Monday , March 20 2023

Foundation complained about CoC registry fee

The Daily Herald writes that shortly after the newly elected Chamber of Commerce and Industry of St. Eustatius and Saba took office at the beginning of the year, the National Ombudsman recalled a complaint they had received from information and support foundation Informatie, Voorlichting and Ondersteuning (IVO). IVO President Brenda van Putten had filed a complaint on January 2, 2012, about the size of the annual fee IVO has to pay for registration in the Commercial Registry, which is kept by the Chamber of Commerce. Van Putten is of the opinion that since her foundation has no real income it is unjust to charge it with an annual fee of US $160. Van Putten criticized the Chamber for not lowering the fee to a more affordable level.

According to the Commercial Registry Law Handelsregisterwet 2009 BES the annual minimum fee for foundations is $55.87, with a maximum of $251.40. The mandatory annual fee for NGOs is a subject of debate since the establishment of the Chamber of Commerce in 2010.
In a response letter to the Ombudsman and Van Putten, which was sent on January 28, the Chamber explained that the fee structure is used as stipulated in the law. The fee structure consists of some 13 different scales. The net value decides the scale for businesses. Usually, foundations do not have a net value. In these cases the law stipulates that foundations are in scale 4. The Chamber has some flexibility in deciding which amount is to be charged for each scale, Commerce Chamber Chairman Koos Sneek explained. “The guideline hereby is that the Chamber is responsible for generating sufficient funds to have a balanced budget,” said Sneek. He also pointed out that apart from some nominal fees levied for excerpts, for example, they are the only other source of income of the Chamber. “Since there has to be a logical increase of the amount in each scale, based upon the amount of net value of a company, for scale 4 the amount of $160 has been established. And unfortunately this amount will then also have to be charged to foundations,” said Sneek. “The law does not allow the Chamber to deviate from this system and establish a lower amount for foundations. To give room to the Chamber to lower the amount the law needs to be changed. This is ultimately the responsibility of Parliament. The Chamber fully understands that Mrs. Van Putten wants this to be done as soon as possible, but the law-making process usually takes a while,” the Chamber Chairman said. “The Chamber, with the assistance of the Chamber of Commerce of the Netherlands, is busy evaluating the law and also the fee structure as it is now is part of this evaluation.”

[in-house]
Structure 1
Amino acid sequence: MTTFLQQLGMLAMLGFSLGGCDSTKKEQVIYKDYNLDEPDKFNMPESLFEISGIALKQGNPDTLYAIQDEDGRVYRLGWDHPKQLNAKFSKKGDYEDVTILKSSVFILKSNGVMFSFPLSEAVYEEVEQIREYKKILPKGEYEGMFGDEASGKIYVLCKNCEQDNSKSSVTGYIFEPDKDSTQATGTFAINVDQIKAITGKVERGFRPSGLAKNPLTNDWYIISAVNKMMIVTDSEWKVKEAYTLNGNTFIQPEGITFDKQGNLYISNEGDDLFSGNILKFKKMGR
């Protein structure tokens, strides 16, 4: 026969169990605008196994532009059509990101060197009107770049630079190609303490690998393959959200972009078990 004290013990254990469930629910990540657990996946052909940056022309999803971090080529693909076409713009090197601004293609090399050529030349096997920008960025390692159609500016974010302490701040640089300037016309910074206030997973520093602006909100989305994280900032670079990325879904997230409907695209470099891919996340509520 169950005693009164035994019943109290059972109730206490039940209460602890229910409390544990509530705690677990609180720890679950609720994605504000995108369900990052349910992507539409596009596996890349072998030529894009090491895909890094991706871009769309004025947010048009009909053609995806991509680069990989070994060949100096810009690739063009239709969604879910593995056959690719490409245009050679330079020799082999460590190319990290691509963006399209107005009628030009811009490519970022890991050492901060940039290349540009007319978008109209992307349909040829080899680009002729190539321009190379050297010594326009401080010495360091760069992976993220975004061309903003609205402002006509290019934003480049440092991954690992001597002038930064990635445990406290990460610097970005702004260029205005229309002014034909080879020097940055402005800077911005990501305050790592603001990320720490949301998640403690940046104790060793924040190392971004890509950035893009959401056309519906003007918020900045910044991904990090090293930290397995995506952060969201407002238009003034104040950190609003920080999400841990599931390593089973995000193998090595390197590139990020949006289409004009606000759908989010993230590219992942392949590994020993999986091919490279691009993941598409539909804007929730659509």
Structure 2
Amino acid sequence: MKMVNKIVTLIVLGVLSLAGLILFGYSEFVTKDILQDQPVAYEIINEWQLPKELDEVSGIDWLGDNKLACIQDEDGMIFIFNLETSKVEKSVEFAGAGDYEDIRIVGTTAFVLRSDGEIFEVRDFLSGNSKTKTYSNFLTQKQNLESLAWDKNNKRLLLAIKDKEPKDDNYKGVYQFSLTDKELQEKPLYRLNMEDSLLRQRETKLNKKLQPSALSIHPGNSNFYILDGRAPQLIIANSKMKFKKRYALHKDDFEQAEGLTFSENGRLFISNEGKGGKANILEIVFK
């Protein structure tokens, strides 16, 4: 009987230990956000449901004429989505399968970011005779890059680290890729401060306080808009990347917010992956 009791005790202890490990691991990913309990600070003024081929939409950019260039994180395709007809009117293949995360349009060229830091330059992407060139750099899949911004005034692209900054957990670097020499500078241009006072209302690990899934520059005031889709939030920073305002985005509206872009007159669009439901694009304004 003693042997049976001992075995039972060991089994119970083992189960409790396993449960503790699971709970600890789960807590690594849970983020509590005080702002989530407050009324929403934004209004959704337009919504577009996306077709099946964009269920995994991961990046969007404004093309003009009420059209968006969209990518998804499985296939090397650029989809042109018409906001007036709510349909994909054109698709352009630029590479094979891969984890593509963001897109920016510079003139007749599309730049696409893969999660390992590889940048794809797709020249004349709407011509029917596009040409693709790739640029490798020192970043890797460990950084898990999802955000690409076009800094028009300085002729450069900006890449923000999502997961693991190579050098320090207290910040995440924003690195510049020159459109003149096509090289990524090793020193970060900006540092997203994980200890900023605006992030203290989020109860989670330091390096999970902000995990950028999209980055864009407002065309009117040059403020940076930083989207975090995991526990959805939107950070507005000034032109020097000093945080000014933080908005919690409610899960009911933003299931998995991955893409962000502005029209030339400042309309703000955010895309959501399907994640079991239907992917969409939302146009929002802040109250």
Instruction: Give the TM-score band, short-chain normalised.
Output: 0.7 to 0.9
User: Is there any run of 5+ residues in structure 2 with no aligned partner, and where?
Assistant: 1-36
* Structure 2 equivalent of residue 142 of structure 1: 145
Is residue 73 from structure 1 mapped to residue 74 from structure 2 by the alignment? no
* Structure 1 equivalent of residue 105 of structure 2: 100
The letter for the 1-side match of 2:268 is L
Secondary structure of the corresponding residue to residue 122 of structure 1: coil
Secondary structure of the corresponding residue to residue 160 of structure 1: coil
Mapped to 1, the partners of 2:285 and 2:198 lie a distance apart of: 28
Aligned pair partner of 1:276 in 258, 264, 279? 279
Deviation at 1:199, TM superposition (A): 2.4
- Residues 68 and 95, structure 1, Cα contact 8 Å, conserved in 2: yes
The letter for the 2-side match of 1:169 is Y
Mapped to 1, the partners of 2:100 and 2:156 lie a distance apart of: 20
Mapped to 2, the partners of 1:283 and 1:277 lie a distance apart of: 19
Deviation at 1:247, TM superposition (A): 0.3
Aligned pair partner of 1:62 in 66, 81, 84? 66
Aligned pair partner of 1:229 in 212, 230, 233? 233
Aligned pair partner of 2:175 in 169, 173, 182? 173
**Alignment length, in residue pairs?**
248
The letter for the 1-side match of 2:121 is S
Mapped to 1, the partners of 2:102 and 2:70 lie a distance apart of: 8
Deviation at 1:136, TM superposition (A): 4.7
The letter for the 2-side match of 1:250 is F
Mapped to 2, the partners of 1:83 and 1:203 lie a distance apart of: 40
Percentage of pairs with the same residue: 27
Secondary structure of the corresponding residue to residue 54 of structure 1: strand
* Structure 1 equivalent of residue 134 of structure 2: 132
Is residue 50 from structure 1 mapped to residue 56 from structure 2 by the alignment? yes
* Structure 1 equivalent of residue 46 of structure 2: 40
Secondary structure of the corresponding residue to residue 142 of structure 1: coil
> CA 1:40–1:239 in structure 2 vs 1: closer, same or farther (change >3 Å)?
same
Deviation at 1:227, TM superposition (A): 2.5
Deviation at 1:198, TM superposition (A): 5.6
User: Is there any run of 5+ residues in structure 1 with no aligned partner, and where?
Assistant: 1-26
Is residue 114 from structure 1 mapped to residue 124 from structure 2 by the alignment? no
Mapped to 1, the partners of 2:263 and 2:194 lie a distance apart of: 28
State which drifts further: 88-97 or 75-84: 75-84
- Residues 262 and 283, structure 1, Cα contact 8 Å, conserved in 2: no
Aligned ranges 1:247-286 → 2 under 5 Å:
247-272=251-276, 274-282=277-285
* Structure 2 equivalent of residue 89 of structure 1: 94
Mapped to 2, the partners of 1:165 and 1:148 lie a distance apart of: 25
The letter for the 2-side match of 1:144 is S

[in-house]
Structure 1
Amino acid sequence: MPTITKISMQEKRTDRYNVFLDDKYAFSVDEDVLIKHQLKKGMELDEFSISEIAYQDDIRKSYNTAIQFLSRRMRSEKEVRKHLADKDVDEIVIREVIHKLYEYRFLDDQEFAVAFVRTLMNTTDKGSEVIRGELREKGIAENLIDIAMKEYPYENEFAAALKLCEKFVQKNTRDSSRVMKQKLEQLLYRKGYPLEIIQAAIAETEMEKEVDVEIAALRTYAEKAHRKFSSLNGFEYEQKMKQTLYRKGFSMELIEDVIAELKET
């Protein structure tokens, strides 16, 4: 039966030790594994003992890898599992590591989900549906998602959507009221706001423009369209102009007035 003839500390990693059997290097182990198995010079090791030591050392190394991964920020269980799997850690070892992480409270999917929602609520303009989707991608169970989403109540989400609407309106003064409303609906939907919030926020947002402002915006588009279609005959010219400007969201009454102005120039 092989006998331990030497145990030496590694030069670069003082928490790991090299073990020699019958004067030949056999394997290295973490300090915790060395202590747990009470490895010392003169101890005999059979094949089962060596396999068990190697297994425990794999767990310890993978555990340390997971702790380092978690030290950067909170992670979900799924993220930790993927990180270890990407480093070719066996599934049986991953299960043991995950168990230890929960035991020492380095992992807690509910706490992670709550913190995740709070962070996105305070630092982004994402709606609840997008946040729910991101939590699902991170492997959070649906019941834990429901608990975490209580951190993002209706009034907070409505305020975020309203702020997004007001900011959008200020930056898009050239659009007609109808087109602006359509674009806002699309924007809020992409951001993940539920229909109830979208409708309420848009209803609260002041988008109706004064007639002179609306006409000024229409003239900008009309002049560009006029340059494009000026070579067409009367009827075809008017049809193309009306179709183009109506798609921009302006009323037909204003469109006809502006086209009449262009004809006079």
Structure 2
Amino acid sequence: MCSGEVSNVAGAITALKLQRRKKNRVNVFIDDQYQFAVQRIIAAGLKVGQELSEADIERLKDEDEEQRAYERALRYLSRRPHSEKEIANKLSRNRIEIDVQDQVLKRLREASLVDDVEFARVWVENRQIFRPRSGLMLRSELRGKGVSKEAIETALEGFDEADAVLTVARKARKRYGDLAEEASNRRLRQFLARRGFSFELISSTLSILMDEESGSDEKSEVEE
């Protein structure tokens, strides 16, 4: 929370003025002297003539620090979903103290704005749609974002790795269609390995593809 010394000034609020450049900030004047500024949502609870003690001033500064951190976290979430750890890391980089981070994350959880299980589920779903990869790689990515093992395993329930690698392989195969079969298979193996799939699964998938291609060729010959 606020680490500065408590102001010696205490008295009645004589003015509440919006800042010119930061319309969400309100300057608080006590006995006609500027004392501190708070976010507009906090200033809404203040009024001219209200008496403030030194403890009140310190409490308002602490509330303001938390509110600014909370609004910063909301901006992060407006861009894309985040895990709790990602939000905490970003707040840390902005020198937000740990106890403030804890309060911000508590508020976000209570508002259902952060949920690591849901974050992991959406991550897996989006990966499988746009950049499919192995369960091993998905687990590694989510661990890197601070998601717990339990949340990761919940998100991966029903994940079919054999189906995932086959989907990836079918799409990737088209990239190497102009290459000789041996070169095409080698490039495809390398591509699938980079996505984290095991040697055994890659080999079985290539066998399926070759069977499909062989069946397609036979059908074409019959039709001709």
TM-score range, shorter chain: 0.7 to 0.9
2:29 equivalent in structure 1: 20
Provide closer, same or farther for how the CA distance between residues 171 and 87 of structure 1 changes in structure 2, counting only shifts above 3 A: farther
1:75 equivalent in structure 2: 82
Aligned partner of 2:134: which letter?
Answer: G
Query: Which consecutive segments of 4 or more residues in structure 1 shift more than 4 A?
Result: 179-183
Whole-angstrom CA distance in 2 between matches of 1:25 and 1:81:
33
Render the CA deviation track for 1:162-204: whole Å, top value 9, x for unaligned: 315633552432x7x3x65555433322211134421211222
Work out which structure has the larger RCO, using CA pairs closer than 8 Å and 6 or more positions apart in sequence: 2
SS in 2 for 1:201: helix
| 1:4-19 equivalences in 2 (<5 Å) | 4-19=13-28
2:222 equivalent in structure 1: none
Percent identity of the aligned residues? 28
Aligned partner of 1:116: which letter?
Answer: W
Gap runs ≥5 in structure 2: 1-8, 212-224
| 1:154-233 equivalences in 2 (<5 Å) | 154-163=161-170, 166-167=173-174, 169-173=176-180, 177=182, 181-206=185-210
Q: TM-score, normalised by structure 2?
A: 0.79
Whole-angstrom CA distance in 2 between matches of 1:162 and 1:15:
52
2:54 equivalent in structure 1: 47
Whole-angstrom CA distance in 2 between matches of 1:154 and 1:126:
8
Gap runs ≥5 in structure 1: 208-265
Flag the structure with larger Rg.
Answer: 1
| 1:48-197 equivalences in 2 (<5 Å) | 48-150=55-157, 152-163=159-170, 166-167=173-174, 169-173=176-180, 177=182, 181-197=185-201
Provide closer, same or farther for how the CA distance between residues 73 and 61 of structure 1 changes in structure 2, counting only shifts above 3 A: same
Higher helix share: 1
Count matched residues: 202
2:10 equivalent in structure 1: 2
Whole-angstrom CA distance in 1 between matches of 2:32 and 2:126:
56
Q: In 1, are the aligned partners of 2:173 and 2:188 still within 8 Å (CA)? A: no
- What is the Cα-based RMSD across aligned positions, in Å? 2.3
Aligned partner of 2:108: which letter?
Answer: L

In its letter, the Chamber advised Van Putten to also take up the matter with government representatives to have it included in the constitutional evaluation of 2015. “It is unfortunate that no timely reactions have been forthcoming on subsequent complaint letters by Mrs. Van Putten and the inquiry by the Ombudsman. For this the Chamber apologizes,” Sneek stated. In response to a letter from the Chamber of Commerce the National Ombudsman said the Chamber’s reply was sufficient. The Ombudsman has now closed the case, according to the Chamber of Commerce.


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